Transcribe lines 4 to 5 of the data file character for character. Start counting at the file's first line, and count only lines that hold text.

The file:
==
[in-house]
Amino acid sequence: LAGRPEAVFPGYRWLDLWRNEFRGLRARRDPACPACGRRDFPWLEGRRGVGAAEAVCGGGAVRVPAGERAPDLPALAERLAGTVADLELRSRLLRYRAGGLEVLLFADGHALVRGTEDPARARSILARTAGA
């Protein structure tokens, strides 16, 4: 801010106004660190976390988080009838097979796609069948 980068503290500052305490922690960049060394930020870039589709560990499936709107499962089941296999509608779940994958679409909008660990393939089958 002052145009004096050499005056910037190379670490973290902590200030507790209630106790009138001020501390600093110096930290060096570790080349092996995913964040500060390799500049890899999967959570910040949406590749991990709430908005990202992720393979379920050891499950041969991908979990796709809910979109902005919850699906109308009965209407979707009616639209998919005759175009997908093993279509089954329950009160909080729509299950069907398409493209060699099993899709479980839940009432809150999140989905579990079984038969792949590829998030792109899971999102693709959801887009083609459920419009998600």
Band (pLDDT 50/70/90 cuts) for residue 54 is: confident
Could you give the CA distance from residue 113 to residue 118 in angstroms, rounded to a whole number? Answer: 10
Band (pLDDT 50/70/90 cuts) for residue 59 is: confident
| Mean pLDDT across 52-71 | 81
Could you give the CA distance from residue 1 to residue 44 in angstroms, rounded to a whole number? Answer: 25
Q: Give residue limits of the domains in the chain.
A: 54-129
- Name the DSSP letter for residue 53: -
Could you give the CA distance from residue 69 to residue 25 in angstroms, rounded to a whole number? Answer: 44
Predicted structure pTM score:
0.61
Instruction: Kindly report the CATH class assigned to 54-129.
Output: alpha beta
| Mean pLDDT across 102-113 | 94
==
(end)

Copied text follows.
Band (pLDDT 50/70/90 cuts) for residue 54 is: confident
Could you give the CA distance from residue 113 to residue 118 in angstroms, rounded to a whole number? Answer: 10